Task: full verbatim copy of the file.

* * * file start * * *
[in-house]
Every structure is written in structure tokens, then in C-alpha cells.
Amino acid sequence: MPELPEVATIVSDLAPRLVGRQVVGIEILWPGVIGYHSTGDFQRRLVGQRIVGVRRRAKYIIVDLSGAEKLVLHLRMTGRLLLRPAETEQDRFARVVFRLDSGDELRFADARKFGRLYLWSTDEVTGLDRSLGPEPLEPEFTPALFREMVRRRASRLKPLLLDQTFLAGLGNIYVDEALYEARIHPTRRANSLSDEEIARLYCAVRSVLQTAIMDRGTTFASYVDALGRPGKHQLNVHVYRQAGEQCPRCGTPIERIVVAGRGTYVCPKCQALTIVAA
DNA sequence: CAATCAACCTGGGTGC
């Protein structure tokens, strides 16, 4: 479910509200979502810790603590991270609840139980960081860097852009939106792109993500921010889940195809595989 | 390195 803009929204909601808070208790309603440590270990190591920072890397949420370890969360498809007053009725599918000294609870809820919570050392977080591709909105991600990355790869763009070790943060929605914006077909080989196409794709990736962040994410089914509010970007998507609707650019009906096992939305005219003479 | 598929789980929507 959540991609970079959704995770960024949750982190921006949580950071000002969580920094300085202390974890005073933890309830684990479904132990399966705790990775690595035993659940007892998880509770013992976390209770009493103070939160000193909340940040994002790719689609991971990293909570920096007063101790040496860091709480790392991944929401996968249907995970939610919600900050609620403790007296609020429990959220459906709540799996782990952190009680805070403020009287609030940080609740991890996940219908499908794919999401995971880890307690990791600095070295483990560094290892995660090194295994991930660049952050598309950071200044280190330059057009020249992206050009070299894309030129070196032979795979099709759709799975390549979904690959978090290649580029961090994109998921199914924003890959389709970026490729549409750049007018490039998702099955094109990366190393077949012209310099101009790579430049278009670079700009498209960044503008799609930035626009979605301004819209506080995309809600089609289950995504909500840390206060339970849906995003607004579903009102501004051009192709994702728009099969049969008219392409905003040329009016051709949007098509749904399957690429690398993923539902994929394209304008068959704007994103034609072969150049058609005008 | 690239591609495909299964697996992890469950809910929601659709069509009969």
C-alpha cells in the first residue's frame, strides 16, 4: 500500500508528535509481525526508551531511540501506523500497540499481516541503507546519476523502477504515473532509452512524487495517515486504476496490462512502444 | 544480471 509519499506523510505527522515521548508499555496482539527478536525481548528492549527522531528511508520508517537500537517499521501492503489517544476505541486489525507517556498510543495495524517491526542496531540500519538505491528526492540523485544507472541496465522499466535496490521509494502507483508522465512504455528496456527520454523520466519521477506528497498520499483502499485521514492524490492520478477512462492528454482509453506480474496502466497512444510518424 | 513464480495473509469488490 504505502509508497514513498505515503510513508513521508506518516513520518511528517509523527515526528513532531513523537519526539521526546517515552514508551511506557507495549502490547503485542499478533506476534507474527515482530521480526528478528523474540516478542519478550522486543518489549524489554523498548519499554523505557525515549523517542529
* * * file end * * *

[in-house]
Every structure is written in structure tokens, then in C-alpha cells.
Amino acid sequence: MPELPEVATIVSDLAPRLVGRQVVGIEILWPGVIGYHSTGDFQRRLVGQRIVGVRRRAKYIIVDLSGAEKLVLHLRMTGRLLLRPAETEQDRFARVVFRLDSGDELRFADARKFGRLYLWSTDEVTGLDRSLGPEPLEPEFTPALFREMVRRRASRLKPLLLDQTFLAGLGNIYVDEALYEARIHPTRRANSLSDEEIARLYCAVRSVLQTAIMDRGTTFASYVDALGRPGKHQLNVHVYRQAGEQCPRCGTPIERIVVAGRGTYVCPKCQALTIVAA
DNA sequence: CAATCAACCTGGGTGC
């Protein structure tokens, strides 16, 4: 479910509200979502810790603590991270609840139980960081860097852009939106792109993500921010889940195809595989 | 390195 803009929204909601808070208790309603440590270990190591920072890397949420370890969360498809007053009725599918000294609870809820919570050392977080591709909105991600990355790869763009070790943060929605914006077909080989196409794709990736962040994410089914509010970007998507609707650019009906096992939305005219003479 | 598929789980929507 959540991609970079959704995770960024949750982190921006949580950071000002969580920094300085202390974890005073933890309830684990479904132990399966705790990775690595035993659940007892998880509770013992976390209770009493103070939160000193909340940040994002790719689609991971990293909570920096007063101790040496860091709480790392991944929401996968249907995970939610919600900050609620403790007296609020429990959220459906709540799996782990952190009680805070403020009287609030940080609740991890996940219908499908794919999401995971880890307690990791600095070295483990560094290892995660090194295994991930660049952050598309950071200044280190330059057009020249992206050009070299894309030129070196032979795979099709759709799975390549979904690959978090290649580029961090994109998921199914924003890959389709970026490729549409750049007018490039998702099955094109990366190393077949012209310099101009790579430049278009670079700009498209960044503008799609930035626009979605301004819209506080995309809600089609289950995504909500840390206060339970849906995003607004579903009102501004051009192709994702728009099969049969008219392409905003040329009016051709949007098509749904399957690429690398993923539902994929394209304008068959704007994103034609072969150049058609005008 | 690239591609495909299964697996992890469950809910929601659709069509009969």
C-alpha cells in the first residue's frame, strides 16, 4: 500500500508528535509481525526508551531511540501506523500497540499481516541503507546519476523502477504515473532509452512524487495517515486504476496490462512502444 | 544480471 509519499506523510505527522515521548508499555496482539527478536525481548528492549527522531528511508520508517537500537517499521501492503489517544476505541486489525507517556498510543495495524517491526542496531540500519538505491528526492540523485544507472541496465522499466535496490521509494502507483508522465512504455528496456527520454523520466519521477506528497498520499483502499485521514492524490492520478477512462492528454482509453506480474496502466497512444510518424 | 513464480495473509469488490 504505502509508497514513498505515503510513508513521508506518516513520518511528517509523527515526528513532531513523537519526539521526546517515552514508551511506557507495549502490547503485542499478533506476534507474527515482530521480526528478528523474540516478542519478550522486543518489549524489554523498548519499554523505557525515549523517542529